Always choose a good cover artist. Catherine and Katrina didn’t choose Gavin Bishop; he chose himself. On the day we signed the contract with Canterbury University Press, Trevor and I went out for lunch to celebrate. Gavin and Vivienne Bishop came in and Trevor was so excited he spilled pumpkin soup all over himself. While we were all mopping-up, Gavin asked if he could do the cover. He asked? He asked! He volunteered. Not only that; he created a marvelous dramatic illustration and mixed those perfect colours. And he gave it to us.
Please judge our book by its cover and thank Gavin Bishop.
We also want to thank the University Book Shop for its wonderful support for our book launch. Our book shops are vital. Please buy a book from UBS. It doesn’t have to be ours; any book will be fine.
Others we have to thank are the librarians and archivists all over New Zealand and in Australia. They not only found us what we were looking for, but they also said things like, “Have you seen this picture?” Or. “I thought this file might interest you.”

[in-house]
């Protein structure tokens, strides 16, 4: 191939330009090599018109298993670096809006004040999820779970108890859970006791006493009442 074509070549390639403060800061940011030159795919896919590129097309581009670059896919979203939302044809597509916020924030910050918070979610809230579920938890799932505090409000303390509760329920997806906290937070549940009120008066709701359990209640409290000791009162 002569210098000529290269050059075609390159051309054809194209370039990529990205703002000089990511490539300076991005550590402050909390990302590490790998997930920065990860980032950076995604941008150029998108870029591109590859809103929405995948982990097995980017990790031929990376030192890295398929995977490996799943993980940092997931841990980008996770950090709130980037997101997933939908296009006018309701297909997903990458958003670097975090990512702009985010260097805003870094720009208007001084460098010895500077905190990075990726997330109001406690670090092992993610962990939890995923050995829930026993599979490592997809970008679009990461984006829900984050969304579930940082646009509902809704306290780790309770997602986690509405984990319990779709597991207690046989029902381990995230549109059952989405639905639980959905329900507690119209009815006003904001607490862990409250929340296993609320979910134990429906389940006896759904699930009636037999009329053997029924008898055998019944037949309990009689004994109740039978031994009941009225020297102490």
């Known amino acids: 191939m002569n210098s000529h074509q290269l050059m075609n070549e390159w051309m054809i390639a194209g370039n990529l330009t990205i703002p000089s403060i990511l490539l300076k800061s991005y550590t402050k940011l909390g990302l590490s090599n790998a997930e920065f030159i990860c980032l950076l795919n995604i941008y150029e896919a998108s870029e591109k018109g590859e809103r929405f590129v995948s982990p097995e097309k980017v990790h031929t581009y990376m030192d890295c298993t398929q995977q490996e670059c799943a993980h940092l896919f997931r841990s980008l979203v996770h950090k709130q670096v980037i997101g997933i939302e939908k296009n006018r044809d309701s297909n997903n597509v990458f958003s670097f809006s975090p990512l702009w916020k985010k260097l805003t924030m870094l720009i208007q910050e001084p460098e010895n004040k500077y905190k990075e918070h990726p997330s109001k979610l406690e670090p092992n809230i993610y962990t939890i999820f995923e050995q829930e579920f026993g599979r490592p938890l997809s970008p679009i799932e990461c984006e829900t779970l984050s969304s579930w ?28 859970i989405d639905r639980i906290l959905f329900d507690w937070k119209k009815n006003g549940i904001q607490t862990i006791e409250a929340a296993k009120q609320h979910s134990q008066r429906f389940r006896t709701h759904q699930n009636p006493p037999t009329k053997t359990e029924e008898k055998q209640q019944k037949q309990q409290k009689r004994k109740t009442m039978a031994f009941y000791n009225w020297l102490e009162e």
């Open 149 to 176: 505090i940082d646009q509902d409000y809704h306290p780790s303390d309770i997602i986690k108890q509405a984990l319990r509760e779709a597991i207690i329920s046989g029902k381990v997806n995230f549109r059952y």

We also have to thank the Chinese Poll Tax Heritage Trust, for its generous financial support of this project.
There is also an army of researchers, historians, anthropologists, and archaeologists out there who have generously shared their knowledge with us, and we thank them.
Those who study Chinese in New Zealand stand on the very sturdy shoulders of Dr. James Ng and his wife Eva Ng; these two have given us constant encouragement. Anyone who studies the Sew Hoy family has to be grateful to Colleen and Ron Sew Hoy for their pioneering work in preserving our past. Above all we have dedicated this book to my Uncle, Justin Sew Hoy, who has been a powerful force behind the project, always encouraging and driving us on.
On the Acknowledgements page of the book, there are the names of three dozen family members who all helped us in some way, some of them no longer alive.
This book has been created with the help of all these people. We are grateful to them and we would like you to join us in thanking them.